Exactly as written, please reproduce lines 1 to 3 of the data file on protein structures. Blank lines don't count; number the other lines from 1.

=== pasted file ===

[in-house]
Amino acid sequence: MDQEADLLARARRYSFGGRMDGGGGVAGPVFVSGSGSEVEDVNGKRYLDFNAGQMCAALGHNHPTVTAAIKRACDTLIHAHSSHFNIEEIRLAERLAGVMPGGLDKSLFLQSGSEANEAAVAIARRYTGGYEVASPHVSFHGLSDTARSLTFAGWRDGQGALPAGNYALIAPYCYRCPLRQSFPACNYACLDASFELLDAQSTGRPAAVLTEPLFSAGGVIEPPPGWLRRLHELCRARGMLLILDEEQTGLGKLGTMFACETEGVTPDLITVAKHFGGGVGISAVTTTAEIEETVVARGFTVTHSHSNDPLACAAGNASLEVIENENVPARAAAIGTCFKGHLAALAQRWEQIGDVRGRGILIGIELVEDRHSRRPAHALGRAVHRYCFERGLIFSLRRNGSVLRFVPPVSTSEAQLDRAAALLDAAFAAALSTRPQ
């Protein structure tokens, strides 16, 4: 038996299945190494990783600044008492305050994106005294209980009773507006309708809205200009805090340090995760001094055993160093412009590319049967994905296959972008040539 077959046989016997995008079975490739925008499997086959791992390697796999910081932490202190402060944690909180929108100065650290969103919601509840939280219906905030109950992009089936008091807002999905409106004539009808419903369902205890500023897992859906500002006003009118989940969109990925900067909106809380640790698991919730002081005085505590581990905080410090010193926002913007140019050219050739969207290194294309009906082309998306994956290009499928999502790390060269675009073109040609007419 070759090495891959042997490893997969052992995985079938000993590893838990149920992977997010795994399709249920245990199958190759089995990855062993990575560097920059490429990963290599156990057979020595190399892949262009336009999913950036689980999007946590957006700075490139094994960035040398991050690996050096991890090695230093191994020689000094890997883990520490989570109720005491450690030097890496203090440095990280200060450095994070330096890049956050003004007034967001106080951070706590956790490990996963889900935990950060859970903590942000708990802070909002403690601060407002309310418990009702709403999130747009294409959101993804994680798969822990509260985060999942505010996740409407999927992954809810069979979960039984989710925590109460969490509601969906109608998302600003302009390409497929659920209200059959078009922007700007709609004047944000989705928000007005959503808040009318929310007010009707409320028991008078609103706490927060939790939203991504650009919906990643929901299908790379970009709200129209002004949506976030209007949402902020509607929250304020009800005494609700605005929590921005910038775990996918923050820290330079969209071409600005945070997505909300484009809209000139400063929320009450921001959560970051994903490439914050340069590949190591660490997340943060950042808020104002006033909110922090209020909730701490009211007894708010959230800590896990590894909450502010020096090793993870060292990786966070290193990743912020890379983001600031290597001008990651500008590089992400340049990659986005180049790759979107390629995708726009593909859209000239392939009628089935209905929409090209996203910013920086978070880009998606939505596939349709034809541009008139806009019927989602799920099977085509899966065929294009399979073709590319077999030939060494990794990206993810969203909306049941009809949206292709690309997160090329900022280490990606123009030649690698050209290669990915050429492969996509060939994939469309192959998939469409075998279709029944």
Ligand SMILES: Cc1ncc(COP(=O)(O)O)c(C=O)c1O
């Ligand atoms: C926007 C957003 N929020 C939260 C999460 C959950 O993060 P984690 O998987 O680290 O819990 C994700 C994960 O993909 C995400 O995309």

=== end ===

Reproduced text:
[in-house]
Amino acid sequence: MDQEADLLARARRYSFGGRMDGGGGVAGPVFVSGSGSEVEDVNGKRYLDFNAGQMCAALGHNHPTVTAAIKRACDTLIHAHSSHFNIEEIRLAERLAGVMPGGLDKSLFLQSGSEANEAAVAIARRYTGGYEVASPHVSFHGLSDTARSLTFAGWRDGQGALPAGNYALIAPYCYRCPLRQSFPACNYACLDASFELLDAQSTGRPAAVLTEPLFSAGGVIEPPPGWLRRLHELCRARGMLLILDEEQTGLGKLGTMFACETEGVTPDLITVAKHFGGGVGISAVTTTAEIEETVVARGFTVTHSHSNDPLACAAGNASLEVIENENVPARAAAIGTCFKGHLAALAQRWEQIGDVRGRGILIGIELVEDRHSRRPAHALGRAVHRYCFERGLIFSLRRNGSVLRFVPPVSTSEAQLDRAAALLDAAFAAALSTRPQ
């Protein structure tokens, strides 16, 4: 038996299945190494990783600044008492305050994106005294209980009773507006309708809205200009805090340090995760001094055993160093412009590319049967994905296959972008040539 077959046989016997995008079975490739925008499997086959791992390697796999910081932490202190402060944690909180929108100065650290969103919601509840939280219906905030109950992009089936008091807002999905409106004539009808419903369902205890500023897992859906500002006003009118989940969109990925900067909106809380640790698991919730002081005085505590581990905080410090010193926002913007140019050219050739969207290194294309009906082309998306994956290009499928999502790390060269675009073109040609007419 070759090495891959042997490893997969052992995985079938000993590893838990149920992977997010795994399709249920245990199958190759089995990855062993990575560097920059490429990963290599156990057979020595190399892949262009336009999913950036689980999007946590957006700075490139094994960035040398991050690996050096991890090695230093191994020689000094890997883990520490989570109720005491450690030097890496203090440095990280200060450095994070330096890049956050003004007034967001106080951070706590956790490990996963889900935990950060859970903590942000708990802070909002403690601060407002309310418990009702709403999130747009294409959101993804994680798969822990509260985060999942505010996740409407999927992954809810069979979960039984989710925590109460969490509601969906109608998302600003302009390409497929659920209200059959078009922007700007709609004047944000989705928000007005959503808040009318929310007010009707409320028991008078609103706490927060939790939203991504650009919906990643929901299908790379970009709200129209002004949506976030209007949402902020509607929250304020009800005494609700605005929590921005910038775990996918923050820290330079969209071409600005945070997505909300484009809209000139400063929320009450921001959560970051994903490439914050340069590949190591660490997340943060950042808020104002006033909110922090209020909730701490009211007894708010959230800590896990590894909450502010020096090793993870060292990786966070290193990743912020890379983001600031290597001008990651500008590089992400340049990659986005180049790759979107390629995708726009593909859209000239392939009628089935209905929409090209996203910013920086978070880009998606939505596939349709034809541009008139806009019927989602799920099977085509899966065929294009399979073709590319077999030939060494990794990206993810969203909306049941009809949206292709690309997160090329900022280490990606123009030649690698050209290669990915050429492969996509060939994939469309192959998939469409075998279709029944």